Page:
Gary Shank (2002) elaborates on three ways of enabling seeing what would not ordinarily be seen, namely by making use of a mirror; a window; and a lantern.
The use of a mirror enables the enquirer to view what s/he ordinarily cannot. Shank revisits the Latin origin ‘speculum’, meaning reflector or mirror; and makes a case for reflective-based empirical enquiry originally being speculative.
Windows, as transparent portions of walls enables looking through. Shank points out that a microscope is a special kind of window that gives a magnified view of small things; whereas a telescope gives a magnified view of distant things. Both enhance the way of seeing. However, if the lens or pane is smudged then a true view is not feasible. The more the window restricts the view, the more bias/distorted the view. Because of uncertainty the enquirer can only be relatively sure, therefore the reliability, validity and generalisablility of the results of an enquiry. An aim of research is to eliminate error. Therefore the emphasis on transparent recording and reporting in research.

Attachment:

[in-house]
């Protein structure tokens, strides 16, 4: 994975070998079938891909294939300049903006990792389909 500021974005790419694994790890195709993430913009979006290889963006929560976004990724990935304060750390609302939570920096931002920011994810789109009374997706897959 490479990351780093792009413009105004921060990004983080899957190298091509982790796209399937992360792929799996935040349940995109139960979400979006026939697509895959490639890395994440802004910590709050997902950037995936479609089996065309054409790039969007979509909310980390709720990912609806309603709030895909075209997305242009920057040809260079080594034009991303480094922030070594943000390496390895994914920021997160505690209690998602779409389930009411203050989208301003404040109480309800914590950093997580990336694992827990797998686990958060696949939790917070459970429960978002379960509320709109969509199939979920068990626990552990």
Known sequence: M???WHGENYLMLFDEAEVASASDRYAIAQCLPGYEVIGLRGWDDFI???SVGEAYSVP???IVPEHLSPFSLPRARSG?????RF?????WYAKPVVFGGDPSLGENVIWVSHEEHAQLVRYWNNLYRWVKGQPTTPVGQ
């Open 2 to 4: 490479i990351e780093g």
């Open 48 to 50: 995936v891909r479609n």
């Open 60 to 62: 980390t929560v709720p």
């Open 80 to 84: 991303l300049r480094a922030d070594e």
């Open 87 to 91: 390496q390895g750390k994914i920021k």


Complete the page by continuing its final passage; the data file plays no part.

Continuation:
Lanterns enable the shedding of light in dark corners—illumination. Qualitative researchers have been crafting conceptual tools to achieve insight and understanding. The goals of qualitative research “are insight, enlightenment, and illumination” (Shank, 2002:11). Qualitative researchers are concerned with meaning: “searchers and discoverers and reconcilers of meaning where no meaning has been clearly understood before”—“a systematic empirical inquiry into meaning”.
Shank, G.D. 2002. Qualitative research—a personal skills approach. Upper Saddle River, NJ: Pearson Education Inc.
A second revised and updated edition is available